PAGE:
latest news Philadelphia Uses Sweetened Beverage Revenue to Invest $2 Million in Pre-K Programs

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At a time when many child care centers face closures due to the economic fallout following the COVID-19 pandemic, the City of Philadelphia just directed $2 million into its early care and education programs. Money from Philadelphia’s four-year-old sweetened beverage tax makes this multi-million-dollar investment possible. 

“Quality education plays a major factor in improving the socio-economic status of children and families across our city,” explained Jake Zychick, the community advocacy director for the American Heart Association in Philadelphia. “By increasing access to early child care, children begin their education before they even start kindergarten. It also means parents can seek out employment and education opportunities while their children are being cared for.”

The $2 million will support PHLpreK, which funds free, quality pre-K in Philadelphia. Centers that receive funds can use the dollars to bolster staff salaries or to buy classroom supplies like chairs, desks and napping mats as well as books, puzzles, arts and crafts, and other educational materials.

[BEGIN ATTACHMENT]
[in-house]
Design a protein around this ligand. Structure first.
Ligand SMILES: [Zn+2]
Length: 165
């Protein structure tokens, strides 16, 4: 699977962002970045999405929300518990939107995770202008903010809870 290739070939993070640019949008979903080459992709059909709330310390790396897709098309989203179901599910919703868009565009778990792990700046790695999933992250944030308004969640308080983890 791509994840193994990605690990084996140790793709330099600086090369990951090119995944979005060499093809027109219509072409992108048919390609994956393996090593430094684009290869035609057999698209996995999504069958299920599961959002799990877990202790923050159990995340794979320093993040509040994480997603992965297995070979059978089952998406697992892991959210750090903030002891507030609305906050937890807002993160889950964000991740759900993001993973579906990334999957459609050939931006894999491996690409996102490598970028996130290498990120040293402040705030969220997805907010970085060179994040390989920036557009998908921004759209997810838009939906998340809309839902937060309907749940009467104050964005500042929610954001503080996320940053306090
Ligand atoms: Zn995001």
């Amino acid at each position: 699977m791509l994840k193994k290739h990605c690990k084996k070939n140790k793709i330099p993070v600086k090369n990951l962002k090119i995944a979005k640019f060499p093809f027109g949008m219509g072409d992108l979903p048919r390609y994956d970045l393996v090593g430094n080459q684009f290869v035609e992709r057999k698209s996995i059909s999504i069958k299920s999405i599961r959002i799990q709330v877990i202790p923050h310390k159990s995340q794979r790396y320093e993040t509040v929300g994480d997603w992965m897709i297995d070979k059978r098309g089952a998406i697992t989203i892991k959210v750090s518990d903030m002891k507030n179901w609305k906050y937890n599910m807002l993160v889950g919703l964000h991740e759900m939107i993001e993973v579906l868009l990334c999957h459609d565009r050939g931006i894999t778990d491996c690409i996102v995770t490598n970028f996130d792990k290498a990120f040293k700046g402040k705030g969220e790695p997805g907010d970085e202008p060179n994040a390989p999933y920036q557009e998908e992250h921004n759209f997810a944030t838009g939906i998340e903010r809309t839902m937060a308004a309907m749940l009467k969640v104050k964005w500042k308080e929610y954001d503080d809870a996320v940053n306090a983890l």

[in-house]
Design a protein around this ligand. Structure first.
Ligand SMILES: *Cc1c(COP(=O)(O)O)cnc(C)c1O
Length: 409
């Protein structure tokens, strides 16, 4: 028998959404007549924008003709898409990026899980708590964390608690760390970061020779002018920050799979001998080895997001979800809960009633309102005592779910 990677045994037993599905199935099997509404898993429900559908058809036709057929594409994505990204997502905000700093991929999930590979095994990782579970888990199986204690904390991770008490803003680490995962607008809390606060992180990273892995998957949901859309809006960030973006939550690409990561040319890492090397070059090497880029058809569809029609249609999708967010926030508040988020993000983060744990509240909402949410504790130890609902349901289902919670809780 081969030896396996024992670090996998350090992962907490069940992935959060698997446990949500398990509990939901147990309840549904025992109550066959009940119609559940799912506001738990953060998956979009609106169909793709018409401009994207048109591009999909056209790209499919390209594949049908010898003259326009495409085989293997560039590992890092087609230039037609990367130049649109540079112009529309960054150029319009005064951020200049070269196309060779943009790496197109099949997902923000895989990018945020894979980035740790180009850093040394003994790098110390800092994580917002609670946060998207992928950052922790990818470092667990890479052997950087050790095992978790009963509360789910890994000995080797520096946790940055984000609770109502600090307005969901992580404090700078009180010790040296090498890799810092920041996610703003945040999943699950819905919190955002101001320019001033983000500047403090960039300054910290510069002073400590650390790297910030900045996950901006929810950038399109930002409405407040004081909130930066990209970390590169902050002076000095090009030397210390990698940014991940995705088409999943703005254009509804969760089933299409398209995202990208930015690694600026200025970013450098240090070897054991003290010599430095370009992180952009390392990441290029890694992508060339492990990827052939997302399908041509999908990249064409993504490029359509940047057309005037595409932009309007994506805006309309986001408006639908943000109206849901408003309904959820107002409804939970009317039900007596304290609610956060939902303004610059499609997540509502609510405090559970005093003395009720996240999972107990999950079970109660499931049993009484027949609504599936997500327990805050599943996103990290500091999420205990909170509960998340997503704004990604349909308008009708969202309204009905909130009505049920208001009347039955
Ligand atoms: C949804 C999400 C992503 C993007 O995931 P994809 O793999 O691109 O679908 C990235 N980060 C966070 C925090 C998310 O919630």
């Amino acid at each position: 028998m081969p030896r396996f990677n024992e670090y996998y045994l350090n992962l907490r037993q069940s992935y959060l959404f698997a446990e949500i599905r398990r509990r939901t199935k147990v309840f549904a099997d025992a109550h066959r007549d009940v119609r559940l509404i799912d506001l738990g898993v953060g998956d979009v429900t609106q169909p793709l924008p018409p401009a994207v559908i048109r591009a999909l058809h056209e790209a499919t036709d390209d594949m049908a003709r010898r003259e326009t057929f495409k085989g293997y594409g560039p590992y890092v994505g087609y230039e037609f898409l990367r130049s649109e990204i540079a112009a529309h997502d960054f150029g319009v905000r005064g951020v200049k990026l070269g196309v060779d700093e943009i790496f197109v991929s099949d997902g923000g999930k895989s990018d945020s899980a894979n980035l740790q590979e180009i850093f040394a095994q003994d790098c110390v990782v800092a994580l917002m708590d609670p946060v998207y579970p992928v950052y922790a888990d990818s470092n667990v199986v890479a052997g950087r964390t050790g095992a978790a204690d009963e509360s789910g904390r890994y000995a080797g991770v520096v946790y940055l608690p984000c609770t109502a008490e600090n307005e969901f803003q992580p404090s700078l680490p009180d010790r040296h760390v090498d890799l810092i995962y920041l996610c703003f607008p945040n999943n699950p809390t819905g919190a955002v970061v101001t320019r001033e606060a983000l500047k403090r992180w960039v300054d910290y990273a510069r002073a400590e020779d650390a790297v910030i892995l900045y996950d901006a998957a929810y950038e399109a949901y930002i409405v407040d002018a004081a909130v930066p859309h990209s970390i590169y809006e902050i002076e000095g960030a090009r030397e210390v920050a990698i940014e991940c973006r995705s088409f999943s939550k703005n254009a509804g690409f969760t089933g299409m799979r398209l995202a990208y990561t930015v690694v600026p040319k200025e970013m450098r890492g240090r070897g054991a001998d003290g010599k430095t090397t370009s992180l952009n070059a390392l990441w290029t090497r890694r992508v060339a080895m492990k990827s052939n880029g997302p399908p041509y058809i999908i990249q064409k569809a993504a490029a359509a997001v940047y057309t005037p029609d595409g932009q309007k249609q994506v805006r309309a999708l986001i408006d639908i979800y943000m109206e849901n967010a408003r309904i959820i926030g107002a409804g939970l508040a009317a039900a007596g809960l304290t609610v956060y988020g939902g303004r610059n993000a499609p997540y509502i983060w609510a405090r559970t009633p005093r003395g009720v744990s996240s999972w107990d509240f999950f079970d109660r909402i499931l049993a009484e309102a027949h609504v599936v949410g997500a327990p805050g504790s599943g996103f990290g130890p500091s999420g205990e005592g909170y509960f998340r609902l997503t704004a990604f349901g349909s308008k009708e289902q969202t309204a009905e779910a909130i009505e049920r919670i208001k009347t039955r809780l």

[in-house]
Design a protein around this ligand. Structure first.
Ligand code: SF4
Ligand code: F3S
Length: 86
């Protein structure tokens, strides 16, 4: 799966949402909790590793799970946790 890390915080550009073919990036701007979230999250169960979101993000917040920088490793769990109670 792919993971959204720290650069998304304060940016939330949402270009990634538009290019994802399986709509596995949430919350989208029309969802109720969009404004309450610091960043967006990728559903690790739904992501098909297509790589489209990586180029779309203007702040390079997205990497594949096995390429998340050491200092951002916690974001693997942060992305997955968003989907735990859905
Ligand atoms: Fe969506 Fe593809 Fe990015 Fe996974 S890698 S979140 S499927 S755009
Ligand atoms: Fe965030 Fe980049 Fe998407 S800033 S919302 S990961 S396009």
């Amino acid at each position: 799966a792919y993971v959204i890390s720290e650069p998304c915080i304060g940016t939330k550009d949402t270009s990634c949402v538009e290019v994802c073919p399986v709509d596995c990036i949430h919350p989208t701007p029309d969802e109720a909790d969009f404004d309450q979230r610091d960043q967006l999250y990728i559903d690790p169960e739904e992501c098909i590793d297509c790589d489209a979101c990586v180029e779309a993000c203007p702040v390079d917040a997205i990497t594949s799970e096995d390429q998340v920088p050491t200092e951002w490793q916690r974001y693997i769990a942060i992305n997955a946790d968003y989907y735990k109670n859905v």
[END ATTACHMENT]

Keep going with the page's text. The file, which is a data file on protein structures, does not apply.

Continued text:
Important figures to note, said Zychick:

  • More than 3,300 three-and four-year-olds receive education at 138 PHLpreK centers across the city.
  • Many of the programs are in what are called early child care deserts, or areas lacking access to quality early care and education programs.
  • About 66% of the families attending PHLpreK are at 200% of the poverty level or below.
  • Since the COVID-19 pandemic began in March, 160 child care centers have shut down in Pennsylvania. 

”This $2 million dollar investment has positive short and long term effects,” said Zychick. “The immediate impact is that centers receive the money they need to help them stay afloat during the pandemic so they can continue offering children a quality pre-K education. If our city is going to reduce poverty rates, if it’s going to improve health disparities, if we’re going to have a leading voice in the 21st-century as a city, these are the investments that must happen now. We have to invest now for the future.” 

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